Opinion - First person
Martyn Thomas, consultant and expert witness and James Hayes, IT editor, offer their views on current issues.
We have the technology
IT problems are in the news again. This month it's the cancellation of C-Nomis, the system at the heart of the UK Department of Justice's National Offender Management System, after costs had nearly doubled.
According to the Guardian, justice secretary Jack Straw is frustrated that so many people in both public and private sectors were taken in by "snake oil salesmen" and not very competent IT contractors. Meanwhile, Joe Harley, CIO at the Department of Work and Pensions, said: "Today, only 30 per cent of our [IT] projects are successful. We need to up the quality of what we do at a reduced cost of doing so."
This is not just a UK problem - such failures are reported around the world - but the constant stream of bad news is damaging and frustrating. Damaging because the failures waste money, and delay the introduction of improved services; frustrating because the stories obscure the successes, and because the failures are largely avoidable. The IT sector panel (ITSP) of the IET advocates a three-pronged approach to the introduction of new IT, the first rule of which is to keep it simple. Every engineer knows that trying to build the first or the biggest of anything is a risk, and that reliable large systems have usually evolved from reliable small systems.
This means being modest and breaking the application into useful, freestanding components that can be implemented independently. If you want a nationwide or enterprise-wide information system, build it out of local or departmental systems that provide a useful service locally and can share data to give the broader service when required. Focus on the essentials; if you get the architecture right, you will be able to add the 'nice to have' later. The sector panel's second recommendation is to take a holistic view, adopting the mantra "every IT project is really a business change project that happens to need IT". You soon realise that the biggest costs and risks lie in getting the business changes right, agreed and implemented, not in the technology.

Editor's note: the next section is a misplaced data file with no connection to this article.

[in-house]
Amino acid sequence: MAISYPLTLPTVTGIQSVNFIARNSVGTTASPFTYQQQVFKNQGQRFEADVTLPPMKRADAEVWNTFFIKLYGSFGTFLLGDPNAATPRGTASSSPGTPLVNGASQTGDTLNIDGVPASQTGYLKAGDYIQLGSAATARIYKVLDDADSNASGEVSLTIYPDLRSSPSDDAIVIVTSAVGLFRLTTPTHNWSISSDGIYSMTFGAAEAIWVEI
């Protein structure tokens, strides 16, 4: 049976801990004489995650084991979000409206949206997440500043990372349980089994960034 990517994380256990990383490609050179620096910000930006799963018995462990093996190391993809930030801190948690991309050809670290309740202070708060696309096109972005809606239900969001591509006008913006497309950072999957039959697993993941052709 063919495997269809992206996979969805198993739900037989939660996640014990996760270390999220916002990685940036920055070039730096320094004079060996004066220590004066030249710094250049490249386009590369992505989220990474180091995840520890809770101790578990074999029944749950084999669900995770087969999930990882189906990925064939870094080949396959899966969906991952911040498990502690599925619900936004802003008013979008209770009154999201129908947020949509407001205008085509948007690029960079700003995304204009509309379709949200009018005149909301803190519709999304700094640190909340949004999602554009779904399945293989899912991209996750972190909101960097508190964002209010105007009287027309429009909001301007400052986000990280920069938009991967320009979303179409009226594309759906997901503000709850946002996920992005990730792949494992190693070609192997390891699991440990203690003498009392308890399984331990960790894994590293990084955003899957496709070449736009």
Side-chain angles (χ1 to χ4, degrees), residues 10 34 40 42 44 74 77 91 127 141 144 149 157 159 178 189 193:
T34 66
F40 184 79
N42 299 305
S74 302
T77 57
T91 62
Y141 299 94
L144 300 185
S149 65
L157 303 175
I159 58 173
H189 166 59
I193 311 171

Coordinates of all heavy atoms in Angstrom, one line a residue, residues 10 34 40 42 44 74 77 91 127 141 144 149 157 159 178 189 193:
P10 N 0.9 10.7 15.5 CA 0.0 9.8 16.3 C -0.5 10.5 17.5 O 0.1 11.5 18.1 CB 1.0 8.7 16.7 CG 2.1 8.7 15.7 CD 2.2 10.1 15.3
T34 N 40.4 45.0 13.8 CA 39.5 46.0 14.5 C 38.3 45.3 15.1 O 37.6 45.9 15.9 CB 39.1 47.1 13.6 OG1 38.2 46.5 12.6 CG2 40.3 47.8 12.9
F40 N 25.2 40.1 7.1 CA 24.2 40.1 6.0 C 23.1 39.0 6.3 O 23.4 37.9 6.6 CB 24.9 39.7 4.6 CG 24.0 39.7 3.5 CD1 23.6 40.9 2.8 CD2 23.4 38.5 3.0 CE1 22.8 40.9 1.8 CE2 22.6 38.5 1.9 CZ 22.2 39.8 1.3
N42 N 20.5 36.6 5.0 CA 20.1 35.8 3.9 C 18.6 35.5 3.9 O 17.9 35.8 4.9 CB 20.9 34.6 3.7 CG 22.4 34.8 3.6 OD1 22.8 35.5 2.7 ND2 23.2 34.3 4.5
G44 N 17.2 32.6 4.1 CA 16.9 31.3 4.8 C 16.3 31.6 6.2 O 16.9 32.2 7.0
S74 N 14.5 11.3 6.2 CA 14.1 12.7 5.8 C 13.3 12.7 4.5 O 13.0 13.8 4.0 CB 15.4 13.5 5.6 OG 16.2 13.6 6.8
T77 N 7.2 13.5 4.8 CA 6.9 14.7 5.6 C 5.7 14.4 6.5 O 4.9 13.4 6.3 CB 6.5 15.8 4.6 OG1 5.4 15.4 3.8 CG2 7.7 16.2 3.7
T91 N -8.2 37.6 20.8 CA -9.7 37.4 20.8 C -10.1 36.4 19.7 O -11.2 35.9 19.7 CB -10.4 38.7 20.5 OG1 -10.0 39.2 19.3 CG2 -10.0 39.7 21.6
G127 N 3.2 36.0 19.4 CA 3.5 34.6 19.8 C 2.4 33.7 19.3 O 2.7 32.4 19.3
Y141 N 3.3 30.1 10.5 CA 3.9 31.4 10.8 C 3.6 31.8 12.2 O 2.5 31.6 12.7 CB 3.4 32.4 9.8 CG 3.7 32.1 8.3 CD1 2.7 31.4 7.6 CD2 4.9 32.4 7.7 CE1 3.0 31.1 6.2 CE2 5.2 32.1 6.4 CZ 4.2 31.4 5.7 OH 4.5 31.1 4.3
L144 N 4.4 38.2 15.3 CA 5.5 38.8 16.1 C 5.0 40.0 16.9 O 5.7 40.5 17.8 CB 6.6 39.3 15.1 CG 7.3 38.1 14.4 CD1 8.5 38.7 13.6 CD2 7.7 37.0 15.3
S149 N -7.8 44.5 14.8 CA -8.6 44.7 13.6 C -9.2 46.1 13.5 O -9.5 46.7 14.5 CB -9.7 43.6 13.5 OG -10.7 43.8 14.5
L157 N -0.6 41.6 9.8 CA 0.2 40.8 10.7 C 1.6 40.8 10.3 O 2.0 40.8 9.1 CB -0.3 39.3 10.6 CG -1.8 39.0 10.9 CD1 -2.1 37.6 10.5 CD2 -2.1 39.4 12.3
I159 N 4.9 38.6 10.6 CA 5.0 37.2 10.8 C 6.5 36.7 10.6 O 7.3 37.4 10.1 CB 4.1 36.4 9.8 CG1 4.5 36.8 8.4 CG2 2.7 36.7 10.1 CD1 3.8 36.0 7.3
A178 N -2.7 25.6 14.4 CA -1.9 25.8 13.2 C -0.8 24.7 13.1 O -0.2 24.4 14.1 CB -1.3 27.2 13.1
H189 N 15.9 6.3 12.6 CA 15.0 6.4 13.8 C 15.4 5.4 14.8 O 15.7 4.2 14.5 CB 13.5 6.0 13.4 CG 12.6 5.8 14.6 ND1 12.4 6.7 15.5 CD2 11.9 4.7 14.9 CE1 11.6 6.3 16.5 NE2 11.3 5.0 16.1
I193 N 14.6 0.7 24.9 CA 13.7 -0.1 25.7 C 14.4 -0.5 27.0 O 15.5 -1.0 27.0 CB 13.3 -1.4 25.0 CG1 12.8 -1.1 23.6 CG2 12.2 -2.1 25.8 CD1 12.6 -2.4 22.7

This realisation leads you to budget properly for the changes - for the planning and negotiation, the interfaces, the prototyping, the staff changes, relocation and training - as well as for the technology. And it leads you to manage the whole implementation project. Above all, it makes it more likely that you will get the IT requirements right, before you lock yourself into an implementation contract, or select an inappropriate technical solution. Finally, we believe you should use an architect. Turning user requirements into an unambiguous technical specification is a specialist task, and one that is likely to involve making some high-level design decisions. Civil engineers have a similar problem, which they have solved through a two-stage procurement process. First the customer employs an architect, who works with the users to reveal all the requirements. When this is agreed, the architect helps the customer select the implementation team and manage the cost and timescales. This approach has been recommended for complex IT systems by the Royal Academy of Engineering. So don't let the headlines get you down. IT has transformed the world in the past 50 years, and this is only the beginning. We have the technology!